Recipe 1 of 103
James brought these home for me…Meyer Lemons…lots of them. I thought to myself…what to do with all these beautiful fragrant luscious lemons. At the time I was reading a girl and her pig, I received the book and the lemons on the same day. These two simple happenings brought me to this project.
Fennel Lemon Marmalade
What you will need.
7 to 8 large thick skinned lemons – wash well
5 1/2 cups sugar
2 teaspoons fennel pollen (find on line or at whole paycheck aka whole foods)
Assemble your clean lemons in a large pot of water, enough water to cover them while they bob around. Cover the lemons with a plate to keep the submerged. I used my deviled egg plate, worked perfectly.
Boil for about an hour, you want them soft but not bursting. Check water as the hour goes to see if it needs replenishing. With a blunt knife, check to see if you can easily pierce them, if so they’re good to go. Reserve 1 1/4 cup of the water. Take them out and let them cool until you can handle them comfortably. Cut them in half, they should look like this. Sorry this photo is blurry.Scoop out all the flesh into a bowl. Cut the rinds into flat pieces and scrape off the white pith.This is the point where I realized the thick skinned lemons would be much easier to work with. The meyer lemon skin is so thin and dainty, it really was like doing surgery, trying not to rip the rind to shreds. More on the final result with meyer lemons later. This step takes awhile be patient – make sure to remove the pith…… pith = bitter. Here is an after shotJulienne the rinds thinly like thisPlace your expertly sliced rinds in a pale pink Le Creuset ( jk, I know not everyone is lucky enough to own this beautiful piece of cookware, I still squeal with girly glee every time I use it, thanks Jennay ) or a 4 qt sauce pot with reserved water from the boiling of the lemons. Grab a chinois/strainer, you will need a medium mesh chinois/strainer, do not use a fine mesh, you won’t get enough of the pulp through. Push the pulp against the side of the chinois to get as much pulp through as possible. You want very little left in the strainer, like this.The sauce pot should have the lemon rinds, reserved lemon water from boiling 1 1/4 cups and all the pulp you could muscle through your chinois. Stir in 5 1/2 cups of sugar (if using meyer lemons do 5 cups of sugar) over a high heat, when the mixture begins to simmer, set your heat for a low simmer and cook for 1-2 hours, the mixture will darken as it cooks. Starting out like thisits getting close to done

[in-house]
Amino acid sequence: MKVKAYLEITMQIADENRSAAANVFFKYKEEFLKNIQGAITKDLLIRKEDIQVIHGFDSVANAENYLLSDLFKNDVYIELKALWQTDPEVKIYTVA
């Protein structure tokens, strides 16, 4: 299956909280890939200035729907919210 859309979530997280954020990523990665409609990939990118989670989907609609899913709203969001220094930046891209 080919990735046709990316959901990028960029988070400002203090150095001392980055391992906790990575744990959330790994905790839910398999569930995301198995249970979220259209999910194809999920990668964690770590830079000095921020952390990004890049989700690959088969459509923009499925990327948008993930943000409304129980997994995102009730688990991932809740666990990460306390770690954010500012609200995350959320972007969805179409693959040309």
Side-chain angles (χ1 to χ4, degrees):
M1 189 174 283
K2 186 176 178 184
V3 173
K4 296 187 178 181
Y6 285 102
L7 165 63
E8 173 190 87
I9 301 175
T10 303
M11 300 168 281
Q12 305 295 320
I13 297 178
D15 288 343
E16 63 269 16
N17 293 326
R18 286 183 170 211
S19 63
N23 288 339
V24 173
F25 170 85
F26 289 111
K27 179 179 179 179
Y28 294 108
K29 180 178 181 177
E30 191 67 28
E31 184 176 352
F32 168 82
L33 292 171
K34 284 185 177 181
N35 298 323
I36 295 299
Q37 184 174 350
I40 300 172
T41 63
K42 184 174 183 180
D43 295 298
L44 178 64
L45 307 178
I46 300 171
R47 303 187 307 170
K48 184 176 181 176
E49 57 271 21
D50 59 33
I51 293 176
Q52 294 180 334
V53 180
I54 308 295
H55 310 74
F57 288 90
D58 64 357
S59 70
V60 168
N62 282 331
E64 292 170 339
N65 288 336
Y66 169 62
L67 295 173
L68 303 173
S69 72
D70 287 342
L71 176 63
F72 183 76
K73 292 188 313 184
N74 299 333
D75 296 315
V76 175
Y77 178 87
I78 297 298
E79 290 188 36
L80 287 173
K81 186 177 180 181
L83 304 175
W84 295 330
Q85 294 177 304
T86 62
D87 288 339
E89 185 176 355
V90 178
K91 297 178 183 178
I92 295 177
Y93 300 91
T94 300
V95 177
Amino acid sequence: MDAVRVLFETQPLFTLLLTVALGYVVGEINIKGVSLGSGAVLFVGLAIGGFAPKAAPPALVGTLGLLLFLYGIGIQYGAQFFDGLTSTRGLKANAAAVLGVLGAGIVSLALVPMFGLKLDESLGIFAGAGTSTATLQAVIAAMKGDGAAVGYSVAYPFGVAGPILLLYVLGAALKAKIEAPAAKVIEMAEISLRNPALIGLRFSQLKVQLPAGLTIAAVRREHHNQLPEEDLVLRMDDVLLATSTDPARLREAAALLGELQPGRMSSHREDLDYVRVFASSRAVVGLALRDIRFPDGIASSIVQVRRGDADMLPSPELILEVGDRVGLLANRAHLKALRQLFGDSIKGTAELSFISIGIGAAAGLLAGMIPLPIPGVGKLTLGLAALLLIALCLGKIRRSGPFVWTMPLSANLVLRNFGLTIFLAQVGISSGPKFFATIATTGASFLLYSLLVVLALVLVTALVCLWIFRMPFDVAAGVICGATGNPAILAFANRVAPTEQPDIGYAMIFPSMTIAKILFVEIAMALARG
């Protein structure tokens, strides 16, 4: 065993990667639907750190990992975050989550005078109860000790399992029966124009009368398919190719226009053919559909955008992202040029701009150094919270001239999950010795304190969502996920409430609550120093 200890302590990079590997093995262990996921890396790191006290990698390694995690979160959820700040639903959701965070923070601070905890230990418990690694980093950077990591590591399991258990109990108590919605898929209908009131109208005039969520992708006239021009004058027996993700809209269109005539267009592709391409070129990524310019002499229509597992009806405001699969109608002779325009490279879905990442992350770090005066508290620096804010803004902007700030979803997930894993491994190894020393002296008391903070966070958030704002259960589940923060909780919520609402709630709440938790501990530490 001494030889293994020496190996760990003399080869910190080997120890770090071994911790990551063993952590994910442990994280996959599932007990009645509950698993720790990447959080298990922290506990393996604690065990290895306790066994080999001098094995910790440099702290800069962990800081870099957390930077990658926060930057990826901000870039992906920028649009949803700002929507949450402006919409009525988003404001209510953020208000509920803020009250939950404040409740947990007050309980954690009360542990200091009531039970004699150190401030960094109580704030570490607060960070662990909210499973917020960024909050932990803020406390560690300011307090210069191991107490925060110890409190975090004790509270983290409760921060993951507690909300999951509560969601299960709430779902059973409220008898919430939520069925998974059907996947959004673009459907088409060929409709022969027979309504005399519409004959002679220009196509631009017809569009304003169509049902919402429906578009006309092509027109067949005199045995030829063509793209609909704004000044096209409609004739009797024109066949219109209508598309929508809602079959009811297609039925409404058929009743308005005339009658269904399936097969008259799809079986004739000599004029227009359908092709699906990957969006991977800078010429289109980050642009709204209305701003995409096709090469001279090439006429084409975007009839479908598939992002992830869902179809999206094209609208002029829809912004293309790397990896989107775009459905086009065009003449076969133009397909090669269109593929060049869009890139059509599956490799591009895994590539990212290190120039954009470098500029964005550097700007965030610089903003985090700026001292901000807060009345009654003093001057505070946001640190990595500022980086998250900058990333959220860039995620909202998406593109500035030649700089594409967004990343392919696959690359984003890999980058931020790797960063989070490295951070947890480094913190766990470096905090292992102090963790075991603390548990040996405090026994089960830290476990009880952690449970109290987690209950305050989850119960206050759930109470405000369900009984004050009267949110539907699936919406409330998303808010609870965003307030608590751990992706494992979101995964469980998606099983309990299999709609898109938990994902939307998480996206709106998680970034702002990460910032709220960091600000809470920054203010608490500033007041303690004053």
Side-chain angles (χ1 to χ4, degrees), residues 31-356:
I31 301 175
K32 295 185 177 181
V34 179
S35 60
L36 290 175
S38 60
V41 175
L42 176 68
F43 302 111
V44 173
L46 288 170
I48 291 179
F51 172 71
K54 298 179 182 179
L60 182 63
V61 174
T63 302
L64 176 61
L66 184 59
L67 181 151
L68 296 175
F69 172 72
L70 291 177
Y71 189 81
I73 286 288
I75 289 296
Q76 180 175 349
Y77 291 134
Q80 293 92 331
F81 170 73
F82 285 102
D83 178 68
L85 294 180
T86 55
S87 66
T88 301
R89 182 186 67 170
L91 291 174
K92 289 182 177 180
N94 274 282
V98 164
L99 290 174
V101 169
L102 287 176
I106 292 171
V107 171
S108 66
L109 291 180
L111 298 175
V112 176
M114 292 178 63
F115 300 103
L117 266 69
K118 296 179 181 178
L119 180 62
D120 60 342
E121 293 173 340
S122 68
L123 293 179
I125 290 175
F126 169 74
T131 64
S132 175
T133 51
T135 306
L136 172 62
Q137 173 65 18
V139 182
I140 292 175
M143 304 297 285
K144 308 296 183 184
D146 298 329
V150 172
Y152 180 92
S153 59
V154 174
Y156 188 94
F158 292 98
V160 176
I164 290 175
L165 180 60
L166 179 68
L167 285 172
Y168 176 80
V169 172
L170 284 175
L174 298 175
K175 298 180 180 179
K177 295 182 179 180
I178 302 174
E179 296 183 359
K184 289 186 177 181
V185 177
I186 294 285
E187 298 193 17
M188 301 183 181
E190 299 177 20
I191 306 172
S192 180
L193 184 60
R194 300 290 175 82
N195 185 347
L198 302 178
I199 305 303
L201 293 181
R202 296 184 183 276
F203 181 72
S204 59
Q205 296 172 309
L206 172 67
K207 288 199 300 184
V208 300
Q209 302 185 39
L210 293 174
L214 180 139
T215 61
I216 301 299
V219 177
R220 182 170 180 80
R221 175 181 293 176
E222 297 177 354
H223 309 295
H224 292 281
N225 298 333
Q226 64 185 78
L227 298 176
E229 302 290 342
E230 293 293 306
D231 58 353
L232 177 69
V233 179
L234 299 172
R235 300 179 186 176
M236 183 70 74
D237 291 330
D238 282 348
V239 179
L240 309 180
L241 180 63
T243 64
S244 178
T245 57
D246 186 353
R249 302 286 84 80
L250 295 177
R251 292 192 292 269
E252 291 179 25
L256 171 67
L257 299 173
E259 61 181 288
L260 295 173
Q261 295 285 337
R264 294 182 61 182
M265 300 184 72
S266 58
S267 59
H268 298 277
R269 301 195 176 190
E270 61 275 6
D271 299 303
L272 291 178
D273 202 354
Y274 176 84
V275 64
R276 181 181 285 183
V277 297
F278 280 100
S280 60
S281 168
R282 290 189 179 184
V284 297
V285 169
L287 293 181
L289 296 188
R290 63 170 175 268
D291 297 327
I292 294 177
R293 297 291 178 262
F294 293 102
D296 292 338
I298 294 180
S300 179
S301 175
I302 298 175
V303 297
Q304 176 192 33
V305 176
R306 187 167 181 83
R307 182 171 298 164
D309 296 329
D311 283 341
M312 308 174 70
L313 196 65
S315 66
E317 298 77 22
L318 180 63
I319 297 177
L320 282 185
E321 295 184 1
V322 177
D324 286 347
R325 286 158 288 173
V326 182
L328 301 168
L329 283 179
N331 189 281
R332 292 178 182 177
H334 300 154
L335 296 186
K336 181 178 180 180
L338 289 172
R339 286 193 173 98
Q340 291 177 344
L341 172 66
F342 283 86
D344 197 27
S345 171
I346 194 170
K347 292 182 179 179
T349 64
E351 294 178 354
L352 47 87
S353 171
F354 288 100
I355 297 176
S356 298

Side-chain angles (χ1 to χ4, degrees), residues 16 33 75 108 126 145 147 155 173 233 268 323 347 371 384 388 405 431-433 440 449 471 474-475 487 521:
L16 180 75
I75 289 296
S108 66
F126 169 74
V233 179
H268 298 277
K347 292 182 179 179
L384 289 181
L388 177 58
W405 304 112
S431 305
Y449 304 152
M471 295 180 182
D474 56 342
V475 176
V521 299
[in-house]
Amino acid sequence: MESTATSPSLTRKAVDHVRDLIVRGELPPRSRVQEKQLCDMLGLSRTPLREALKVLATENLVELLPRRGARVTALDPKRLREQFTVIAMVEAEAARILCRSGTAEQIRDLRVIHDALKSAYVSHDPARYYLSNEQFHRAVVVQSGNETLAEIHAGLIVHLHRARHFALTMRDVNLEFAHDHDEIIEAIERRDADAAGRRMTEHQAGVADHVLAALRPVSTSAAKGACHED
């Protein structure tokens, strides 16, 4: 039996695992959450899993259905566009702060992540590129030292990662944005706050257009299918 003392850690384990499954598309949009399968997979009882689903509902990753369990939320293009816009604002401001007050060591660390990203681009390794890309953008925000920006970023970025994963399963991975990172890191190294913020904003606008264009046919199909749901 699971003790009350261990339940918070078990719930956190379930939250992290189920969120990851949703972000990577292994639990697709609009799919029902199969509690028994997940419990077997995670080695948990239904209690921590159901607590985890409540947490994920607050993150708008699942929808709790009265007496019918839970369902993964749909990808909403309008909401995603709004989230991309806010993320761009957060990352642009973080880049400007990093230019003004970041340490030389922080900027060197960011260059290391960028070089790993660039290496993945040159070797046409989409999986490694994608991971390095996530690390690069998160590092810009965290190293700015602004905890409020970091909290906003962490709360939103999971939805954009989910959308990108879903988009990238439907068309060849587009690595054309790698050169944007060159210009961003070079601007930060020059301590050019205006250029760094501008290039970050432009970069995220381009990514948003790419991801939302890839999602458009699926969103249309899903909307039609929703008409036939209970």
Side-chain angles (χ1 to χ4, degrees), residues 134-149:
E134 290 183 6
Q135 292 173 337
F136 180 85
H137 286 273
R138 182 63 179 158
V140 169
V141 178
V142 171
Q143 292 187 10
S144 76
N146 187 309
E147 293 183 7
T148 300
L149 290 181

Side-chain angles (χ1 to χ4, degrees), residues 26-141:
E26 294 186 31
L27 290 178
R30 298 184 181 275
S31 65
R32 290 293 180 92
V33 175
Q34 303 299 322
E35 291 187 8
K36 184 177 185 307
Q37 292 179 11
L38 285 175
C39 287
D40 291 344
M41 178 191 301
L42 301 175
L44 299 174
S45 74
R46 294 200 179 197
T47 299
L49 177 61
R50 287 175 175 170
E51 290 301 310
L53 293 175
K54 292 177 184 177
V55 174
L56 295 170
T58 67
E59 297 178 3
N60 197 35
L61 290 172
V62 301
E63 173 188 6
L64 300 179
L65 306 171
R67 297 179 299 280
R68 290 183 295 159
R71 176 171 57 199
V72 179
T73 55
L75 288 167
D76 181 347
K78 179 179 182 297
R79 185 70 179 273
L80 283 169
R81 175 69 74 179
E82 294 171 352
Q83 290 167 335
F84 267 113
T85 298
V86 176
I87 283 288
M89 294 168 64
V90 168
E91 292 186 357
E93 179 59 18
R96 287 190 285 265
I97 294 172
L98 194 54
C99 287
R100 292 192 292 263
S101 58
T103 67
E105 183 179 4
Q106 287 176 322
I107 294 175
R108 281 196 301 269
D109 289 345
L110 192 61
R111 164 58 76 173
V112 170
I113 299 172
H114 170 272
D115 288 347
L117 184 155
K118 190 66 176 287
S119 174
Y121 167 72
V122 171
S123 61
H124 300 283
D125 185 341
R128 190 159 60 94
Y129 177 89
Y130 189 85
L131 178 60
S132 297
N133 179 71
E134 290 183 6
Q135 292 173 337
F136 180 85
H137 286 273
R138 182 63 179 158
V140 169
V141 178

to test if the mixture is done, spoon a small amount on to a plate, let it cool. If its sticky and gel like its done, if its loose and runny keep cooking a bit longer.when you nail the consistency, stir in the fennel pollen and let cool. At this point you could process them in jars and they’d keep for up to a year. If you’re going that route I would double the recipe.
This recipe will yield about 5 cups. It will keep in the fridge for a month. Slather all over toast and or scones. Add it to your next cheese plate instead of fig jam. The longer it sits the more bloomy it becomes and you can really taste the fennel pollen. I used it as a layer in some shortcakes with fresh strawberries on top. OMG it was so good. I have gifted a few friends with this lovely marmalade, hopefully they’ll comment and share their thoughts on it. This was my first adventure into Marmalade, there are several different methods on making it, I found April’s easy and the outcome was divine. I’ve made it with both meyer lemons and regular thick skinned lemons. The flavor is much sweeter and mild with meyer lemons, both were great tasting, if you want more of a tart twang use the regular lemons.
Try it and let me what you think.